Headroom 2016

Metropolis Studios in Chiswick is a choice location for an audio event. Built in a former Victorian power station the building has numerous rooms, open spaces and a café serving pounding beats! The Headroom show attracted a broad array of exhibitors and a fair few enthusiasts, the latter getting the opportunity to hear some of the world’s finest headphones in studios that are regularly used by major recording artists.

It proved quite an interesting event because, unlike putting loudspeakers in hotel bedrooms where the room and its inhabitants can get in the way of the result, headphones make their own universe. Which means you can make some decent comparisons, especially if you take your own source. The following are a few of the more interesting products we found at Headroom this year.

Audeze were out in force at Headroom with more than one cable brand using them to dem with, Vertere had made up some prototype cables using its new Double Dfi cable with distinctive orange casing connected to the Audeze XC. The upgrade over standard cable was quite significant.

Technics introduced the T700, the first headphone since the brand’s rebirth, which features a 14mm supertweeter and angled drivers for a more spacious sound in a closed back design, price is £899.

Michell Engineering brought along Gyrodec and Orbe of turntables to the event and demonstrated just how good vinyl can sound using Trichord electronics and HifiMan headphones.

Schiit introduced a new entry level headphone amp and preamplifier in the Vali 2 for £140, it’s pretty small but it does have a nice glowing valve.

QUAD continues to plow the glass audio furrow with some style, the VA-One is an integrated amplifier with a 15 Watt output, 24/192 DAC with USB and Bluetooth and the now obligatory headphone jack for £1,300.

Snugs make custom tips for most models of in-ear monitors and achieve a ‘snug’ fit by laser scanning your ear prior to creating the tips with a 3D printer. The precision fit is claimed to deliver high comfort with minimal noise leak or intrusion alongside minimal likelihood of them falling out. They come in full shell and half shell variants and prices start at £159 including fitting.

Chord Co had applied its ARAY topology to a prototype headphone cable for the event, it has carbon shielding which Nigel Finn describes as “smooth on the outside but hairy inside”. Price looks to be in the £200 - £300 ballpark. I also spotted the first example of Shawline, a more affordable Super ARAY interconnect to be launched at Bristol Sound & Vision.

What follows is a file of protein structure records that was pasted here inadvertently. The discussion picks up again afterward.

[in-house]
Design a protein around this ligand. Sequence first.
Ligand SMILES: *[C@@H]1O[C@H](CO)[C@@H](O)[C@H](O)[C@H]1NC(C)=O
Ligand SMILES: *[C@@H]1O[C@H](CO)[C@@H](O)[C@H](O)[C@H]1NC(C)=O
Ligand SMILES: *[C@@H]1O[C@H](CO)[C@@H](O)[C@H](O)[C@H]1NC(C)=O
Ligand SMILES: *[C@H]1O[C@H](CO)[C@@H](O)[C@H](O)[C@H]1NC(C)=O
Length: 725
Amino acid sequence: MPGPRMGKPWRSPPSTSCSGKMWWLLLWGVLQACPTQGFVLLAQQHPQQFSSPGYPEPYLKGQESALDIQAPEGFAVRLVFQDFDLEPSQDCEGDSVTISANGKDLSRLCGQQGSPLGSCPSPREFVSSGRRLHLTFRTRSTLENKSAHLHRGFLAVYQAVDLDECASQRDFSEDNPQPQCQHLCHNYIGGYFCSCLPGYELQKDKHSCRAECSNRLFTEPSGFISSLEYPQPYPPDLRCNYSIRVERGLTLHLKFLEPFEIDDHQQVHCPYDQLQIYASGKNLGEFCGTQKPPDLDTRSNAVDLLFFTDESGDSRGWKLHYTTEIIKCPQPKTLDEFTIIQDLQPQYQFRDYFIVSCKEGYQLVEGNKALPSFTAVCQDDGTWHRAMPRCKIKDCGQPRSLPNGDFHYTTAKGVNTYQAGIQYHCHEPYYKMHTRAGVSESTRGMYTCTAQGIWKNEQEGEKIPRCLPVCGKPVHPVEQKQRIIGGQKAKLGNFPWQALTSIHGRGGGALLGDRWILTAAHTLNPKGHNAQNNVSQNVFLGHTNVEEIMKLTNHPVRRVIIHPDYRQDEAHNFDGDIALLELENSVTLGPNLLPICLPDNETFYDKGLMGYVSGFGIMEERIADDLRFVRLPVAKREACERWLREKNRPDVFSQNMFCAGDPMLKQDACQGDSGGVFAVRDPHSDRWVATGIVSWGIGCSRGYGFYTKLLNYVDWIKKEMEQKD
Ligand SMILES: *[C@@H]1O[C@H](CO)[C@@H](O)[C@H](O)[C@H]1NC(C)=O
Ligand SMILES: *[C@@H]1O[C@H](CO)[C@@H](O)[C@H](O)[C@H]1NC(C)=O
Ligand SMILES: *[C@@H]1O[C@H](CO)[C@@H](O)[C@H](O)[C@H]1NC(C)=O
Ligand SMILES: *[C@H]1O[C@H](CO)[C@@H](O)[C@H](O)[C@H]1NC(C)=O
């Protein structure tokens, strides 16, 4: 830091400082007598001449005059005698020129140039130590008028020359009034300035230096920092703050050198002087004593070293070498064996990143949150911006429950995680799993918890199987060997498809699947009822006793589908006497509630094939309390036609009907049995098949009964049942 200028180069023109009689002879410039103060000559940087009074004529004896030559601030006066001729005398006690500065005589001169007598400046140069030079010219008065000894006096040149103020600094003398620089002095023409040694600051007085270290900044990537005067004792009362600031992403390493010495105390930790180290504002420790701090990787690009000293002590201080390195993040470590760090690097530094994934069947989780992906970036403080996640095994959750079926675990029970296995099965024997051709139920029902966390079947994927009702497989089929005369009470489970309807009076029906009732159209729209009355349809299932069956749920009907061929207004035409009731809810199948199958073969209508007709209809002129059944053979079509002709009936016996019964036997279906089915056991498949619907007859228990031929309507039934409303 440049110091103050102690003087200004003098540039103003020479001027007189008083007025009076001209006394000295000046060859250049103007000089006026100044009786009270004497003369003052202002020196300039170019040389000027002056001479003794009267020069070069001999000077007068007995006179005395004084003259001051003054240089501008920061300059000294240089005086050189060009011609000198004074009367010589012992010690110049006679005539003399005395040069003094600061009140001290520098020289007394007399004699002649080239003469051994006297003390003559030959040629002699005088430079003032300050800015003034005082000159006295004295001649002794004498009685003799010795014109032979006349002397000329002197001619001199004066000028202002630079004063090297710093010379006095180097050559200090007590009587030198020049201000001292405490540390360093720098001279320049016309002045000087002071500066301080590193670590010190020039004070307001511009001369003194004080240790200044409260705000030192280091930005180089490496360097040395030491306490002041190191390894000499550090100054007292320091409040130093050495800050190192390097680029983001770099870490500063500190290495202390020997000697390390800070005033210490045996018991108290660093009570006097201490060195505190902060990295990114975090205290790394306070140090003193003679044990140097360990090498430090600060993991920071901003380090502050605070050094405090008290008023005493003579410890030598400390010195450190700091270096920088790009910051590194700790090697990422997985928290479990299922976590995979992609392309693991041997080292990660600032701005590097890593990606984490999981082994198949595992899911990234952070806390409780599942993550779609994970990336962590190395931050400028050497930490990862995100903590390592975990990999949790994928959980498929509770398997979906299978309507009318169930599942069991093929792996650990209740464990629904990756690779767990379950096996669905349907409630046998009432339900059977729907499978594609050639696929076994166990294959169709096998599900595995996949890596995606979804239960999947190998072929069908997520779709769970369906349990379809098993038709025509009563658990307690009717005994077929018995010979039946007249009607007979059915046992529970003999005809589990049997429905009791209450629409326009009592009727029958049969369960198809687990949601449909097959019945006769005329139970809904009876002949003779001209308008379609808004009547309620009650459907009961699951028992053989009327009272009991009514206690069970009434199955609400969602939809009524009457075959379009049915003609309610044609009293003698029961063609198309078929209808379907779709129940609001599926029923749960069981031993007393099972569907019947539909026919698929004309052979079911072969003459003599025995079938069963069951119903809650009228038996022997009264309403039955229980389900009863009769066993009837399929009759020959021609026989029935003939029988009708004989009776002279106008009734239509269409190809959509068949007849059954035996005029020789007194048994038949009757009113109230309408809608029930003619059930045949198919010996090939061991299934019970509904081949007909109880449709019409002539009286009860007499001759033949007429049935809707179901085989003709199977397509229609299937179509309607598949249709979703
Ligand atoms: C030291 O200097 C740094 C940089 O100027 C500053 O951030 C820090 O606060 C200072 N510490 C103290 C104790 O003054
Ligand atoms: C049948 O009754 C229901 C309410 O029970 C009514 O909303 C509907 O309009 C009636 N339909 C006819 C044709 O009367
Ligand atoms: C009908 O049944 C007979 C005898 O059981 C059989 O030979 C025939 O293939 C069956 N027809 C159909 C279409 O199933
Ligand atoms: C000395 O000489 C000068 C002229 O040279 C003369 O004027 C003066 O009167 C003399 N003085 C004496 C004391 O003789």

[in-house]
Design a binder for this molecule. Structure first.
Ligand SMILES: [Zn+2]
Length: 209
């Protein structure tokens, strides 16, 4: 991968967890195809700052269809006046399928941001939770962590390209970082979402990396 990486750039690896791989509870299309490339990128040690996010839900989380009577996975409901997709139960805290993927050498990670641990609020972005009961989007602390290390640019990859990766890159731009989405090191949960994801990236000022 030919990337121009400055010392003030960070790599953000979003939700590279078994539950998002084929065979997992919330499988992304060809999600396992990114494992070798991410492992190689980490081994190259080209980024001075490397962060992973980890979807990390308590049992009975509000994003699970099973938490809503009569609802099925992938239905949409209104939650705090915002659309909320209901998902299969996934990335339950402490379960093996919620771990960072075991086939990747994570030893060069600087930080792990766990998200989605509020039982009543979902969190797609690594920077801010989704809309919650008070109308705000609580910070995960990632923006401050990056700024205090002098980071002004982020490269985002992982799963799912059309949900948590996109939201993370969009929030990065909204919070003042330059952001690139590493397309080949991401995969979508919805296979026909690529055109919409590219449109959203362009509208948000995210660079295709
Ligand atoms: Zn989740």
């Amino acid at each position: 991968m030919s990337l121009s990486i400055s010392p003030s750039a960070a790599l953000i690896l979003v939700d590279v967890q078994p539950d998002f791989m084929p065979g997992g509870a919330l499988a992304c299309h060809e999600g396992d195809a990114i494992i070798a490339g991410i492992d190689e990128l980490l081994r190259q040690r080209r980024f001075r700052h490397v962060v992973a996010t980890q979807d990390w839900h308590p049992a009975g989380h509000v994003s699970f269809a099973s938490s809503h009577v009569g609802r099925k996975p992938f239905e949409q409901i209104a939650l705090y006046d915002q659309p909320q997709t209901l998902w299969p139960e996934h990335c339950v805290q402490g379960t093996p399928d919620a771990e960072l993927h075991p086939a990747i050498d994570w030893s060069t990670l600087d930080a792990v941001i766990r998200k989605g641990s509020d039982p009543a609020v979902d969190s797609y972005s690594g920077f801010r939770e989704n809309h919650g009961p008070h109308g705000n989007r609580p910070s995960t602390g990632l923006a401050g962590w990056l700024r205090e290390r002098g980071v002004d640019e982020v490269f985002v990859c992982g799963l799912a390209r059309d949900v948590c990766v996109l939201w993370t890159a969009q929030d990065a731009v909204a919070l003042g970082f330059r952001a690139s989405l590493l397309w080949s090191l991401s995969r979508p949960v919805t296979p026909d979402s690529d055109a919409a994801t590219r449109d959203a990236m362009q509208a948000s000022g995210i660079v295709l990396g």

Living legend Alan Sircom dons a pair of Audeze for the Chord Co ARAY dem

Headroom was the first UK outing for the Ultrasone Edition M, the least expensive Edition model and the smallest yet. This £650 on-ear design has offset drivers and uses the company’s proprietary S-Logic tech.

Final showed the Sonorous II and III headphones that bring the entry price down for this Japanese brand but remain full size models. They apparently have a more bass heavy sound presumably in attempt at competing with Beats’ notoriously phat balance. Prices are £249 and £319 respectively.

ADL announced its range topping Stratos DAC back in May 2013 but it’s only just appeared in the UK. It’s a 32-bit DAC with a 24-bit ADC (analogue to digital converter) that does high res PCM and standard rate DSD, it also drives headphones. Price is £995.

Atlas Cables is getting into the headphone cabling market and process engineer Michalina Kulinska was on hand to reveal how the company has built its own solder free minijack plug. The Zeno cable range comes in numerous variations to suit different headphone types and both unbalanced and balanced connnectors.

One of the most desirable new models on dem was the Audeze LCD-4, at £3,299 it’s top dog in an aspirational range. Claimed to be the most advanced planar magnetic headphone on the market it has a carbon fibre headband and “nano grade diaphragms”. Note the orange tint of Vertere Dfi cables, not a standard option.

Stax the Japanese electrostatic ‘earspeaker’ specialist showed two new models. The SRS-5100 is a headphone and energiser package that replaces the SRS-3170 with refinements to the diaphragm and a new energiser design incorporating a FET front end for £1,395. The SR-L700 (below) is the top model in the Lamda range and incorporates elements from the 009 Reference model including thinner bars on the cups for even more openness as well ase goatskin leather on the pads for a better seal. Price is £995.